On Horizons: Art and Political Imagination is the second in the series of Former West Research Congress and revolves around the theoretical notion of the ''horizon'' and its place within artistic production and political imagination today. A group of remarkable artists, curators, and scholars gather in Istanbul to engage in a conversation about these issues.
The second in the series of FORMER WEST Research Congresses, takes place on 4–6 November 2010 at Istanbul Technical University, Istanbul. The Congress revolves around the theoretical notion of the "horizon" and its place within artistic production and political imagination today.
If, as it is commonly assumed, the global political and cultural changes of 1989 left the world bereft of a sense of politics as striving towards a future—a horizon as it were—then we are left with the perpetual caretaking of the existing state of things. Given this apparent endgame of liberal democracy, how can we insist that it is possible to imagine and to realize another world, to posit the horizon anew?
In this context, the project FORMER WEST is a proposition for speculating—in the field of contemporary art—about a possible horizon. For, can it not be argued that art works, exhibitions, and their discourses inherently set up a horizon, offering a proposal of what can and cannot be imagined? This horizon links aesthetics with politics, creates an image of possible futures, yet also marks a limit that cannot be surpassed as it recedes with each move toward it, offering a sense of both possibility and that which remains out of reach.
In the 2nd FORMER WEST Research Congress, a group of remarkable artists, curators, and scholars gather in Istanbul to engage in a conversation about these issues. On the first day, 4 November, lectures and dialogues by Julie Ault (artist and writer, New York), Boris Buden (cultural critic and writer, Berlin), Peter Osborne (philosopher and writer, London), Caglar Keyder (sociologist, Istanbul/Binghamton), and Simon Sheikh (curator and critic, Berlin) explore the notion of the horizon in art and critical theory, examine concrete artistic and discursive practices, and consider the particular context of the hosting city (Positing the Horizon in Art, Philosophy, and Political Theory).
Under the title Horizontality Enacted, contributors to the second day, 5 November, Beatriz Colomina (architecture historian and theorist, New York), Jodi Dean (political theorist and writer, Geneva, NY), Bülent Diken (social theorist, Lancaster), Vasif Kortun (curator and writer, director of Platform Garanti Contemporary Art Center, Istanbul), Lisette Lagnado (curator and writer, São Paulo), Vivian Rehberg (art historian and critic, FORMER WEST research curator, Paris/Utrecht), and Shuddhabrata Sengupta (artist and writer, member of Raqs Media Collective, Delhi) deliberate on practices related to architecture, urban design, experimental geography, and spatial production in the framework of horizontality.
On 6 November, the concluding day of the Congress, entitled Reclaiming a Horizon—Art as Political Imagination, the question as to how the horizon is imagined, speculated upon, visualized, and materialized through contemporary art will be unpacked by TJ Demos (art historian and critic, London), Ernesto Laclau (political theorist, Buenos Aires/London), Gerald Raunig (philosopher and art theorist, Zürich), Robert Sember (artist and activist, member of Ultra-red, New York), Hito Steyerl (filmmaker and writer, Berlin), and Dmitry Vilensky (artist and activist, member of Chto Delat/What is to be done?, St. Petersburg).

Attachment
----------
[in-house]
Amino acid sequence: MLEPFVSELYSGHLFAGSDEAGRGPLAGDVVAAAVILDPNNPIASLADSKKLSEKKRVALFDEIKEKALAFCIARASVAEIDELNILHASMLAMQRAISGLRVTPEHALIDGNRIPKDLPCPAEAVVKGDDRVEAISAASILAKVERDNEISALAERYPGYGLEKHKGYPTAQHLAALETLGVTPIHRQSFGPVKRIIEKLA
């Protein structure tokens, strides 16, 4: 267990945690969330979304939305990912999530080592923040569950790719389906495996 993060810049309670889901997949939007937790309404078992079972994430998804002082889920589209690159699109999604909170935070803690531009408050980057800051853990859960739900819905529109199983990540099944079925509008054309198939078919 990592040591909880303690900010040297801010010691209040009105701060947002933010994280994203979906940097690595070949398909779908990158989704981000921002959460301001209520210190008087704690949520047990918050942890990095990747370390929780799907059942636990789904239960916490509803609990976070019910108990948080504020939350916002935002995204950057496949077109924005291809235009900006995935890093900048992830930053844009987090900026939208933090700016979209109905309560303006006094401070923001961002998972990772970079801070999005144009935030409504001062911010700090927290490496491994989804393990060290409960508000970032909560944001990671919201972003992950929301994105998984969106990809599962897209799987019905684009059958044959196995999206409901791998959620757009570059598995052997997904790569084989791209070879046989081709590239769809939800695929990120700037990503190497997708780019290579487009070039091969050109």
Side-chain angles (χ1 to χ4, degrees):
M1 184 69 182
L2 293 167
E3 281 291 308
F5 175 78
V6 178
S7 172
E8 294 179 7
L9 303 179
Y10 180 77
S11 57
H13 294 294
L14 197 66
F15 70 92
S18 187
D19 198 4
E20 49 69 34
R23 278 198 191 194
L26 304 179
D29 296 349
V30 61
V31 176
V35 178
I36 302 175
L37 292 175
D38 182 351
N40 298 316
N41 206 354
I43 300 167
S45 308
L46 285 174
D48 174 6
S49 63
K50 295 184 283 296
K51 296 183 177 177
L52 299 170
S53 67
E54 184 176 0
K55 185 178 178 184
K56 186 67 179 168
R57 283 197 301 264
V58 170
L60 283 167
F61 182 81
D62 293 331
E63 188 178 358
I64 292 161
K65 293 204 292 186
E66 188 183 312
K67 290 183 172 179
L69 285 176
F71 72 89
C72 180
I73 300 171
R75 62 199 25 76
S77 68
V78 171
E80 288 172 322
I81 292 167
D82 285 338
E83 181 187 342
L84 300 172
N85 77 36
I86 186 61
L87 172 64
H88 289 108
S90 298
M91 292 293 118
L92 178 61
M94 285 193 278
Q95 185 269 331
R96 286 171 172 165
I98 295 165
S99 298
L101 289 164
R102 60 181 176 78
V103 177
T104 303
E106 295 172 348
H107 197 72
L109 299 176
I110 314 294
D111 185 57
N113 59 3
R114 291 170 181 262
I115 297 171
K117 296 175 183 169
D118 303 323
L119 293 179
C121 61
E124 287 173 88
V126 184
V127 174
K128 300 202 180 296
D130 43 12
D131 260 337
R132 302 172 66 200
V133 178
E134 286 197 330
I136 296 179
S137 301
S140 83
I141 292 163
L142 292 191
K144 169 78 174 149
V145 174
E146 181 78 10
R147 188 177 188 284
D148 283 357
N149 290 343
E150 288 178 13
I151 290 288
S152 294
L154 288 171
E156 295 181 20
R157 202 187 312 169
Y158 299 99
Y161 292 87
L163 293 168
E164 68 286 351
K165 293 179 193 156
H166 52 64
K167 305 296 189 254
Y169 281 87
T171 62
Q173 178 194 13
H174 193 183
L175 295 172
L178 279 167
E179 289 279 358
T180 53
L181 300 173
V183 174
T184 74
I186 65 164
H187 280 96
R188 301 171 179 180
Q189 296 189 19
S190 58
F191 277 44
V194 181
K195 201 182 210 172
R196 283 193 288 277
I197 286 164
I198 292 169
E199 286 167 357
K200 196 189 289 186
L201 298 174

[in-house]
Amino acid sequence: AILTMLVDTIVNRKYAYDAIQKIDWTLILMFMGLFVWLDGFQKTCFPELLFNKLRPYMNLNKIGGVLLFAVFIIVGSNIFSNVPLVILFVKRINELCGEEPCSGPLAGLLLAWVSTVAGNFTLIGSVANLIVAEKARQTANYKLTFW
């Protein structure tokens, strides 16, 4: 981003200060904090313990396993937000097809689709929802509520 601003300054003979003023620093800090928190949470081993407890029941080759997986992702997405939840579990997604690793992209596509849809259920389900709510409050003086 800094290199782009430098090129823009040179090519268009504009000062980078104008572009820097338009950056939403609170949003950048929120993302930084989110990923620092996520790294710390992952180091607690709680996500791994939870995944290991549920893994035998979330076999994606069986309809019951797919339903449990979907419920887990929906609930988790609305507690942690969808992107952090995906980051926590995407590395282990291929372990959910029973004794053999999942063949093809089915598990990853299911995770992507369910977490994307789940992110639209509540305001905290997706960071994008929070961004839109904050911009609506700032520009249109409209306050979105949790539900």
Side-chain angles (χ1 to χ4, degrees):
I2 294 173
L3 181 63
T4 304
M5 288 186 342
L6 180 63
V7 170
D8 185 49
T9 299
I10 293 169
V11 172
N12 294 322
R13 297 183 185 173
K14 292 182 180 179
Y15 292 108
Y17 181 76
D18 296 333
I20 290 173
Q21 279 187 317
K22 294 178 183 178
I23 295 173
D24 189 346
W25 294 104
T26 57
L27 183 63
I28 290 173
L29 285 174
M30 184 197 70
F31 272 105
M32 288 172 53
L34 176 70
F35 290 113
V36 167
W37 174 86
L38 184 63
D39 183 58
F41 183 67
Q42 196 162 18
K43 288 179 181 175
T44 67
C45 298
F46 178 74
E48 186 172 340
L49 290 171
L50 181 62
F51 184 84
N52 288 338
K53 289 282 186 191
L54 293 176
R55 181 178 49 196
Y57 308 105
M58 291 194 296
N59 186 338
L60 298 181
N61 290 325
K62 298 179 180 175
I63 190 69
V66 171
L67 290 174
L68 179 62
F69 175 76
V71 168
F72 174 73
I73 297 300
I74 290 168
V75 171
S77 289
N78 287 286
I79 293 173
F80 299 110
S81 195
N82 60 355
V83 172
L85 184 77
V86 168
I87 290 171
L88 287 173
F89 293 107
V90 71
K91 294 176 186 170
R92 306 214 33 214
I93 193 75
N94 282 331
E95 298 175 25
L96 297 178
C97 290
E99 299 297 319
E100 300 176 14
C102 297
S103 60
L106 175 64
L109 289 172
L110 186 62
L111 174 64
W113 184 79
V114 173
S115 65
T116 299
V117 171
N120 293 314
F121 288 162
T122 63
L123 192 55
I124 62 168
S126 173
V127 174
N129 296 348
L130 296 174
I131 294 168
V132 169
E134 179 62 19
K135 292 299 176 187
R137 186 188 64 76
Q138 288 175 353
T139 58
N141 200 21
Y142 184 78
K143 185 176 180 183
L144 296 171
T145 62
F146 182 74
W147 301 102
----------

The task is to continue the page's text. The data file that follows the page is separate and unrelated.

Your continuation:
The 2nd FORMER WEST Congress is part of a series of public forums aimed at rendering visible and furthering the artistic, curatorial, and academic research in which the project FORMER WEST is grounded. The Congress is developed by BAK, basis voor actuele kunst, Utrecht and SKOR, Foundation Art and Public Space, Amsterdam and co-curated by FORMER WEST research fellow Simon Sheikh. It is realized in collaboration with IKSV Istanbul Foundation for Culture and Arts Istanbul and hosted by Istanbul Technical University.
The language of the Congress is English; simultaneous translation into Turkish is provided. Admission to the Congress is free, however registration is required due to limited seating. A Registration Form is available online at: www.formerwest.org. Please submit the completed form no later than 3 October 2010 to firstname.lastname@example.org. Program updates can be found on our website. Congress proceedings can be followed via live stream, and will be archived on the FORMER WEST digital platform.
FORMER WEST is a contemporary art research, education, publishing, and exhibition project (2008–2013) aimed at a critical reinterpretation of our recent post-1989 histories and at speculating about our global future by casting new light on contemporary art in relation to developments in society and politics. It is realized with a dense international network of researchers and institutional partners and curated by Charles Esche (curator and writer, director Van Abbemuseum, Eindhoven), Maria Hlavajova (curator and writer, artistic director BAK and FORMER WEST), and Kathrin Rhomberg (independent curator, Vienna).
The 2nd FORMER WEST Research Congress has been made possible by support from the Mondriaan Foundation, Amsterdam; ERSTE Stiftung, Vienna; and the Consulate General of the Kingdom of The Netherlands, Istanbul.
Thursday, 4 November 2010
Positing the Horizon in Art, Philosophy, and Politics